DP18825 Brain versus Brawn: The Realisation of Women’s Comparative Advantage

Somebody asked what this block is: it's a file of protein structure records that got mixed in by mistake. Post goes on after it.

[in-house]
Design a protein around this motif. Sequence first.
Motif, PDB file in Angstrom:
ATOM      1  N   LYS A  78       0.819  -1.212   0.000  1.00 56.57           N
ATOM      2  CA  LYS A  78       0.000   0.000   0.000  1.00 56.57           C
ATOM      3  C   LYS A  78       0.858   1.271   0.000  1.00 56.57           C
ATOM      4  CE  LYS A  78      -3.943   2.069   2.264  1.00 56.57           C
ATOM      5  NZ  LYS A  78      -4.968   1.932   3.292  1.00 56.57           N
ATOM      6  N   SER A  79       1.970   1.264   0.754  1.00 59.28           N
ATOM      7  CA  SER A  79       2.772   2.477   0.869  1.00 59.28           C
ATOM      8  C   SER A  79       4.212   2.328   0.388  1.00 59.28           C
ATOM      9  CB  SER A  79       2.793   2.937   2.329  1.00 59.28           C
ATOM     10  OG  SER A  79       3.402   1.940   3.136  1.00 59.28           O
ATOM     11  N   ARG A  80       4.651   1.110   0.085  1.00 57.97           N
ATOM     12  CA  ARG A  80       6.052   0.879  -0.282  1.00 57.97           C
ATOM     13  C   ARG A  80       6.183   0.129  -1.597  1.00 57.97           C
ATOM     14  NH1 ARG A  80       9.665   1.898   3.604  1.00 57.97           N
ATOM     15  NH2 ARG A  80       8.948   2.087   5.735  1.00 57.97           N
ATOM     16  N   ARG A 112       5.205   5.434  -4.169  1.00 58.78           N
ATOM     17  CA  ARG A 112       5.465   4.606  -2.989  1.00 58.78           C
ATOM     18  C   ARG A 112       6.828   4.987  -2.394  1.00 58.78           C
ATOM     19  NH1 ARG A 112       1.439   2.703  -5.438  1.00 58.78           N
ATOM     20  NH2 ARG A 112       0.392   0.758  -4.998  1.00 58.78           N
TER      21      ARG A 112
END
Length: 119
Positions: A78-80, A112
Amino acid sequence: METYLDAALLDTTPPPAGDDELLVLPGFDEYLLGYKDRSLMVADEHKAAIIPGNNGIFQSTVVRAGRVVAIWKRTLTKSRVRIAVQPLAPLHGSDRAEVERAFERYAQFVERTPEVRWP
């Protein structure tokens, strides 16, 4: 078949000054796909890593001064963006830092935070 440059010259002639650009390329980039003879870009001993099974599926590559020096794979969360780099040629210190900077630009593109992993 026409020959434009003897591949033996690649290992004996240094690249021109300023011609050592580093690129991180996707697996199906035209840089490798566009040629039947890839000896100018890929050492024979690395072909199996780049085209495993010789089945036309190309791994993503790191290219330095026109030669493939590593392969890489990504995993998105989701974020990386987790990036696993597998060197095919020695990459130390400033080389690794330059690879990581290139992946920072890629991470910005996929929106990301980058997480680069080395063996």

In the last decades, the US has seen narrowing gender employment, wage, and education gaps. The labor market has also faced a shift from physical (“brawn”) to intellectual (“brain”) skill requirements. I rationalize this in a general equilibrium model using two key assumptions: (1) brain occupational requirements increase across education groups and within non-college occupations, and (2) women have less brawn than men. Skill requirements provide the micro foundation for gender-productivity differences in the economy missing in most studies. With technical change and changing skill requirements, the model replicates a reversal of the gender education gap and three-quarters of the closing wage gap.